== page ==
Yes, Clive and Speedy did. But some people are finding it difficult to accept that explanation, especially as gunsmiths is less likely to be a hobby in which one participates in U.K./Europe, and also as Staratts original patent shows the holes to be centered in the vee.

Ketan at ARC.

Thread: New Mill - Starter Tooling
26/12/2019 19:34:24
Posted by Andrew Johnston on 26/12/2019 11:59:00:
Posted by JasonB on 26/12/2019 07:01:40:

You can get a nice shade of blue steel swarf with those that even Andrew would be happy with.

I have a new method for assessing swarf temperature; it's called the oh beep test. If a bit of swarf gets on your hand and you say oh beep then the swarf is hot enough and you're making the cutter work for it's living.

I know the feeling Andrew... I was going through the same when I was testing them on several small and large machines.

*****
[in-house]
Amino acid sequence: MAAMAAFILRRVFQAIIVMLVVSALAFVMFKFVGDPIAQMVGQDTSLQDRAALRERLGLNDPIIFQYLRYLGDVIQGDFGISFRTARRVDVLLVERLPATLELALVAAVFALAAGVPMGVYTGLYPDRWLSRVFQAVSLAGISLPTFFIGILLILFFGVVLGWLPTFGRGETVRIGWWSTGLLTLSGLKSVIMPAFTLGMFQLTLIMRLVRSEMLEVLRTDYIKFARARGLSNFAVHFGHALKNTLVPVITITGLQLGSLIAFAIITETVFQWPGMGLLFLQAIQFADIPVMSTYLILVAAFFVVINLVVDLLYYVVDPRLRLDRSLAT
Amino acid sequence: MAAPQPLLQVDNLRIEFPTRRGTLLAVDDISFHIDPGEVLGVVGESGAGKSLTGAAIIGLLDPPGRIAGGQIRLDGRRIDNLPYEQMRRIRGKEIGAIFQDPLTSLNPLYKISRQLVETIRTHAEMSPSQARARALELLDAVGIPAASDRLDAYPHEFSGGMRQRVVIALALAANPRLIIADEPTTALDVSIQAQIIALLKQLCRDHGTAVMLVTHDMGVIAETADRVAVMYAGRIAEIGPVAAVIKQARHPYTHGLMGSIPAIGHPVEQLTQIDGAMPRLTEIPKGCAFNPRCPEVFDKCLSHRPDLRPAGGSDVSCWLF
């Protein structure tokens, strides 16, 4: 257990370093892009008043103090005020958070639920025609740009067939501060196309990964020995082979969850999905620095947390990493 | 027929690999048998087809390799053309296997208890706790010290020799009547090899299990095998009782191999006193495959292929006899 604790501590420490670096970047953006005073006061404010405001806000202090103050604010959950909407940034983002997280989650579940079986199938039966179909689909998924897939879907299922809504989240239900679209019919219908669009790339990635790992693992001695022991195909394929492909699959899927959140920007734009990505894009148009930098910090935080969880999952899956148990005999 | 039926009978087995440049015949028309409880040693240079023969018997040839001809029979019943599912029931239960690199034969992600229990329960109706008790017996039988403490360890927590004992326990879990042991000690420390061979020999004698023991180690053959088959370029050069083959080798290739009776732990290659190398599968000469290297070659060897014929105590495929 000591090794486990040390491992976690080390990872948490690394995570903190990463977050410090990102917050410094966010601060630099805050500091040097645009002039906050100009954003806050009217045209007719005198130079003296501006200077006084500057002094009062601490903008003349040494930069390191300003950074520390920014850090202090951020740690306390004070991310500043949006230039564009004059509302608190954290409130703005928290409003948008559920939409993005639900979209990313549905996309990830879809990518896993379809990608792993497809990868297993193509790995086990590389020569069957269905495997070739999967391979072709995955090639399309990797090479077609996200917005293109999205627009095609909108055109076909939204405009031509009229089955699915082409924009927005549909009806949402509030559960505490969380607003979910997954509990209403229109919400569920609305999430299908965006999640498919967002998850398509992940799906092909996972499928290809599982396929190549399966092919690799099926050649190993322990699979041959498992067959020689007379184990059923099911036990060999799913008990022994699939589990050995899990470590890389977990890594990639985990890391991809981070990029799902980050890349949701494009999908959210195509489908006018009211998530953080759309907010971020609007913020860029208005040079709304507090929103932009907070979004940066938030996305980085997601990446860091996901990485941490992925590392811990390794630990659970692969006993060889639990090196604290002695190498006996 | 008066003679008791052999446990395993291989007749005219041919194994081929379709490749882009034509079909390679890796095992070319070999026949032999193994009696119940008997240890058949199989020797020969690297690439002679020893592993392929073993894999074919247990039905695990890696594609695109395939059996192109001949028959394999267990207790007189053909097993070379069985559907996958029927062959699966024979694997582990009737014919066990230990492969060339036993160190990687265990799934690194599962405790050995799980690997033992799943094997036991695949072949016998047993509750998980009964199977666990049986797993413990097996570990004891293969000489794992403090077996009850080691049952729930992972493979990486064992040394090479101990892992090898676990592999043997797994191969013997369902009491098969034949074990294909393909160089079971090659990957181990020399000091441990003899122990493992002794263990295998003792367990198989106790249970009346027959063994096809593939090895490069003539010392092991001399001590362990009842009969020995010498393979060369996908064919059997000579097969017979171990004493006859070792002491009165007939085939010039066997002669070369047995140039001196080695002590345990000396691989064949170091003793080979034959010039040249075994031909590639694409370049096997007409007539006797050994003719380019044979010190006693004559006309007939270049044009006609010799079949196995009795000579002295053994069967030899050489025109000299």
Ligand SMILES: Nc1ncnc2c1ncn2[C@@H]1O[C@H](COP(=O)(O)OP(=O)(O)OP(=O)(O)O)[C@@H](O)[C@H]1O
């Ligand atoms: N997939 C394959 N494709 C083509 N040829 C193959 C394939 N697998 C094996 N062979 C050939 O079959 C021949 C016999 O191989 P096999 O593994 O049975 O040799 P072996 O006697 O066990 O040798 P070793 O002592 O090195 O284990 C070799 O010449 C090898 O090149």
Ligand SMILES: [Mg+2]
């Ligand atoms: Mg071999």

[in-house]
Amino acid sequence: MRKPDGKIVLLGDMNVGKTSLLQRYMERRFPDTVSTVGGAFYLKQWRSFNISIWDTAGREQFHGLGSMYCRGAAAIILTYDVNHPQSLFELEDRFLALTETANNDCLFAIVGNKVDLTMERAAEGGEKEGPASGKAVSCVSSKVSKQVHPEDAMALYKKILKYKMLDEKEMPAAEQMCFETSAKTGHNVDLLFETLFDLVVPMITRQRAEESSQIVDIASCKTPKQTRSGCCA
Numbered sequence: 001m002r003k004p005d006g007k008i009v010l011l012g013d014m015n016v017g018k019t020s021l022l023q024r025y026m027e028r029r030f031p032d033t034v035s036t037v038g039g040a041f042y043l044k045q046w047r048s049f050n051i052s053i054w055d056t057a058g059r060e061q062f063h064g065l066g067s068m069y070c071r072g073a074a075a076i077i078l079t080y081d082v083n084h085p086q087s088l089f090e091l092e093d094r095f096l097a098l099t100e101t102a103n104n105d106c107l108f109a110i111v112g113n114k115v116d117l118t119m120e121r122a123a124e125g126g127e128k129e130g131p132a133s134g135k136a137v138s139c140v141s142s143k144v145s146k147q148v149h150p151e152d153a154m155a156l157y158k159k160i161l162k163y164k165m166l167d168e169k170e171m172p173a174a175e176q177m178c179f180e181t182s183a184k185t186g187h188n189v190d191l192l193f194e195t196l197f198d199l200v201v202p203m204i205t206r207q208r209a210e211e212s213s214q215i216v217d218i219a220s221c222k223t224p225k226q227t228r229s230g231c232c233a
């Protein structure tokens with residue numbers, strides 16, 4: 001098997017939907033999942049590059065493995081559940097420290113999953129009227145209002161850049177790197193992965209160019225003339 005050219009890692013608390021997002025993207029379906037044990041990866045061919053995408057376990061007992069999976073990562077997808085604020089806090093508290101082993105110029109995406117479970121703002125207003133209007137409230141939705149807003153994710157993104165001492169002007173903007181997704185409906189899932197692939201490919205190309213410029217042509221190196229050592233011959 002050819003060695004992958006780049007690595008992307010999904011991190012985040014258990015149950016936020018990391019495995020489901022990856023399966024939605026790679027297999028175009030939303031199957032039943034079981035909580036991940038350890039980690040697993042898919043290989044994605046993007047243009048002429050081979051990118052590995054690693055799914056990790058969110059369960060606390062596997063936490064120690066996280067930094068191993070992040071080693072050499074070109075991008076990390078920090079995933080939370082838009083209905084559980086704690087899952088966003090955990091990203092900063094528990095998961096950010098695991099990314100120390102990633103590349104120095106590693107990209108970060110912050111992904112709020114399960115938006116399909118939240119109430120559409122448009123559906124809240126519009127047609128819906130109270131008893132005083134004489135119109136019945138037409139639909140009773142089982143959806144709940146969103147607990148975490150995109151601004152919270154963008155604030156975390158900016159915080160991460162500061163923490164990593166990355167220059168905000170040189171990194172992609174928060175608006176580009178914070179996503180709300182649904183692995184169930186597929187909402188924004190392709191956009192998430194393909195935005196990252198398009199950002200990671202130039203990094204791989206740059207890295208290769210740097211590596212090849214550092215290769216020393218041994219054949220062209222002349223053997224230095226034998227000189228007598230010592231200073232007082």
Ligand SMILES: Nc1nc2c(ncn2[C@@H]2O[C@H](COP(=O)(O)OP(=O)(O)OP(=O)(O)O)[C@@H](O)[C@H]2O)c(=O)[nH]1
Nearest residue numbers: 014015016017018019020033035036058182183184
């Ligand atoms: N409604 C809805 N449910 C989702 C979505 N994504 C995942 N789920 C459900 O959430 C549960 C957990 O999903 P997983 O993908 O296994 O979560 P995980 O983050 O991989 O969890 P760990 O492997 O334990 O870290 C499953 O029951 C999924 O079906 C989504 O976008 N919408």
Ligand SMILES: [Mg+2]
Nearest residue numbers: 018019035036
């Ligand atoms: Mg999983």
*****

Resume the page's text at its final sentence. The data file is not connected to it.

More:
Normally, members of my team stand well back when I do these tests, especially as I have your earlier comments in mind about how you like to run them. It got even more funny when first the visiting SIEG engineer saw what I was doing, moved back him selve, and making sure his G.M. also moved back whilst explaining to the G.M. that he thought I was stupid and crazy and how this could kill the SX3.5DZP which I was testing at the time. It got even more funny (not), when I saw the SIEG G.M. go in deeper than I did, and we all moved back... until it stalled and dug in. Their engineer was less than happy with both of us. angel

Although the process was good to understand the limitations of a machine, 'abusing' any machine is not something I would recommend for people to do.

Ketan at ARC.

Thread: A Question on Bench Blocks
26/12/2019 19:08:09
Posted by Michael Gilligan on 26/12/2019 18:02:48:

Posted by Bazyle on 26/12/2019 17:31:00:

[…]

**LINK**

I wonder if it has wonky holes as they were originally suppliers to clockmakers.